Tuesday, November 7, 2017

A Bipolar Upside Rarely Mentioned

There are some things people with various forms of personality disorders and manageable mental illnesses do very well. Like all others, including bipolar people like myself, there are also some things we do rather poorly. I'll concentrate my thoughts here on being bipolar since, as luck would have it, I happen to be an expert on the subject. While I don't want to minimize the negative effect a personality disorder like bipolar might have on a person -- here's a rarely mentioned truth about it. There's actually an upside. Talk about a conundrum huh?

According to a recent study published (4/2017) in Psychology Today: "It is not known why the link between bipolar and creativity exists. However, some experts speculate that it may stem from the experience of being bipolar – that the intensity of feeling that accompanies episodes of mania and depression leads to the heightened awareness that allows for great creative expression."

From personal experience, I can only agree that there is, in fact, a "sweet spot" built into the higher end of our emotional spectrum. We begin feeling an extra shot of creativity. Frankly, "an extra shot" is an understatement. Suddenly, something has to change to satisfy our overflowing creative juices. We have to move. We have to change the oil. We have to clean something. We have to fix that one warped board on the deck. We have to do something to make the world a better place. Trust me, if mania is anything at all, it's definitely exhausting.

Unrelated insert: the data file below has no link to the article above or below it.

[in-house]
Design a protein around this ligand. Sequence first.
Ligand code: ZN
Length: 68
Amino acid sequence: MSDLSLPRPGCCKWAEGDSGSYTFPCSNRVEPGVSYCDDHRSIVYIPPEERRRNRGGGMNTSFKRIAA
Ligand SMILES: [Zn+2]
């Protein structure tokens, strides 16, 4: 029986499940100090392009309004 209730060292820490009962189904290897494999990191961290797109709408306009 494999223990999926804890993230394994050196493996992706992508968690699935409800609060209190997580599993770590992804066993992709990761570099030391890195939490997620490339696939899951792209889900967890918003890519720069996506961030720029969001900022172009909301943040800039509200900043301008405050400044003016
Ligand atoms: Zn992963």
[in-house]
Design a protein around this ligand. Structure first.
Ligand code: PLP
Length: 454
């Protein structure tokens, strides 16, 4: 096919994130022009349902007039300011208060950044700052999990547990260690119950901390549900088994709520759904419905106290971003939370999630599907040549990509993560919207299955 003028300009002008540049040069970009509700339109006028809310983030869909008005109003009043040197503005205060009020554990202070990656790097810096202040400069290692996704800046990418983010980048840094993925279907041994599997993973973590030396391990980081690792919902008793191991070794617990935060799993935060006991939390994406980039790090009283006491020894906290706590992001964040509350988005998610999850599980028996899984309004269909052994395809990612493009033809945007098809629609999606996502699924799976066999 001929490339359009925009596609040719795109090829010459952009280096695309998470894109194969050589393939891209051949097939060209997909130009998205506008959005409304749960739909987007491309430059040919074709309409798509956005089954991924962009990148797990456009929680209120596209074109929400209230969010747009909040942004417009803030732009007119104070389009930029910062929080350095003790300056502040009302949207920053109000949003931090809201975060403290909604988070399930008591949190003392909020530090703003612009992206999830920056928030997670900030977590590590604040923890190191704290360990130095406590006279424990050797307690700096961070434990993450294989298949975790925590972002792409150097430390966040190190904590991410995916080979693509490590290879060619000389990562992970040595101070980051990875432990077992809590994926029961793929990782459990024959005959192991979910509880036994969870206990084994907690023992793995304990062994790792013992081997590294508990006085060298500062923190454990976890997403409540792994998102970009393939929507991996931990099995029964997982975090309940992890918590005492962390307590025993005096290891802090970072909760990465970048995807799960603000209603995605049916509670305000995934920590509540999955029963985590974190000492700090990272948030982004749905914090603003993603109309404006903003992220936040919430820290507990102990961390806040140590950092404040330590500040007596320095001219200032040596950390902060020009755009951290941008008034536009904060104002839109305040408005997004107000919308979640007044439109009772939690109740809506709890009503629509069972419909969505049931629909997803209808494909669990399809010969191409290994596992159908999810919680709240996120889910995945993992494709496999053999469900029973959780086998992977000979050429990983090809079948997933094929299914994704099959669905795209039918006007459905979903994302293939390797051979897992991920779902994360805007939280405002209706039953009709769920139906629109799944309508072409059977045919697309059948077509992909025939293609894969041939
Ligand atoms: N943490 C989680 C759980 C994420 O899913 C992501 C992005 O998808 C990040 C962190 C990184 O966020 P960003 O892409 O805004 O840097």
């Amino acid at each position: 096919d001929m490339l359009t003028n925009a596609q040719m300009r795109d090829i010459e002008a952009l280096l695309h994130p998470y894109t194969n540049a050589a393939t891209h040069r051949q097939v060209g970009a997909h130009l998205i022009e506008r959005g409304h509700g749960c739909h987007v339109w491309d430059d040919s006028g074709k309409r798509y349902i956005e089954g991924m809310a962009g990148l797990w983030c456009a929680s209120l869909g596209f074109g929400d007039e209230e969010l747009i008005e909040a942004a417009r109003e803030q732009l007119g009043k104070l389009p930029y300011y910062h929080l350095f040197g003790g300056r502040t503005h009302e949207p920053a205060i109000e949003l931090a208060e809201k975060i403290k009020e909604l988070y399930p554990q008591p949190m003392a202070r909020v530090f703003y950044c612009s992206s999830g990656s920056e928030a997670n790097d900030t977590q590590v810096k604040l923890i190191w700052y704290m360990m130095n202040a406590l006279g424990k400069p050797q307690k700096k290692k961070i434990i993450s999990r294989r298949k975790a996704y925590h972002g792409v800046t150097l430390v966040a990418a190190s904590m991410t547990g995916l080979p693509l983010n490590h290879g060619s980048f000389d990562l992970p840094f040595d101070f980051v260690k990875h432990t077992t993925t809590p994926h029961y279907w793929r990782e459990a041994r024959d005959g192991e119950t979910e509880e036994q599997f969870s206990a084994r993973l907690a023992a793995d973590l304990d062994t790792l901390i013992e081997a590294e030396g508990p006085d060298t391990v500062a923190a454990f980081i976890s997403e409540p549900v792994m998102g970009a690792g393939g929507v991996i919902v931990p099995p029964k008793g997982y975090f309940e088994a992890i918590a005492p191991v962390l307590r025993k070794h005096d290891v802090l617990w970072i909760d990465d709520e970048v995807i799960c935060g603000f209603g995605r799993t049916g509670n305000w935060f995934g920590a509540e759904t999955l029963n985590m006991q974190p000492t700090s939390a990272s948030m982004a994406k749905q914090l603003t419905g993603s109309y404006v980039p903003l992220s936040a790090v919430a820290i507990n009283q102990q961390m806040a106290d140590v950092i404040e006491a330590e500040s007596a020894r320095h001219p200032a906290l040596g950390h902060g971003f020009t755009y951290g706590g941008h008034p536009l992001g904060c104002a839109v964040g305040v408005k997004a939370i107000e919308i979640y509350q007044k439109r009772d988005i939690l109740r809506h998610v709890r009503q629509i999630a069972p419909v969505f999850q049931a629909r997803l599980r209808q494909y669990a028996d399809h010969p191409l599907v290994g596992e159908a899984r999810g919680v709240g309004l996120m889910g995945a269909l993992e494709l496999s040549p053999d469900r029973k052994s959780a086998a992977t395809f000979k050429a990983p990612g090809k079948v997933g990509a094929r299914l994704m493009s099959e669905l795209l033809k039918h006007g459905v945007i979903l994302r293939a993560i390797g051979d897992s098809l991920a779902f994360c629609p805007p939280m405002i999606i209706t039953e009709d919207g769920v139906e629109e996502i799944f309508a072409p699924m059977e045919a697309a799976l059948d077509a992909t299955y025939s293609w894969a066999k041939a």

It's been well documented that Abraham Lincoln, the man who took upon his shoulders the greatest paradigm shift in all of humanity, suffered from the dark depressive symptoms of bipolar. Ted Turner, a bipolar poster boy if ever there was, changed the world with his initially wacko idea of CNN. Then when one adds other bipolar people like Mozart, Beethoven, Charles Dickens, Frank Sinatra, Earnest Hemingway, Charles Darwin, Dick Cavett, Richard Dreyfuss, Patrick Kennedy, the dark yet brilliant Friedrich Nietzsche, the recently diagnosed Catherine Zeta Jones, and even Winston Churchill to the afflicted cast, it makes the premise of a bipolar upside all the more difficult to refute.

So what's my point? Simply this -- a reasonable argument exists to widen the lens from which most people see bipolar and other mental illnesses. For millions upon millions of people in the world, that alone would be a game changer.

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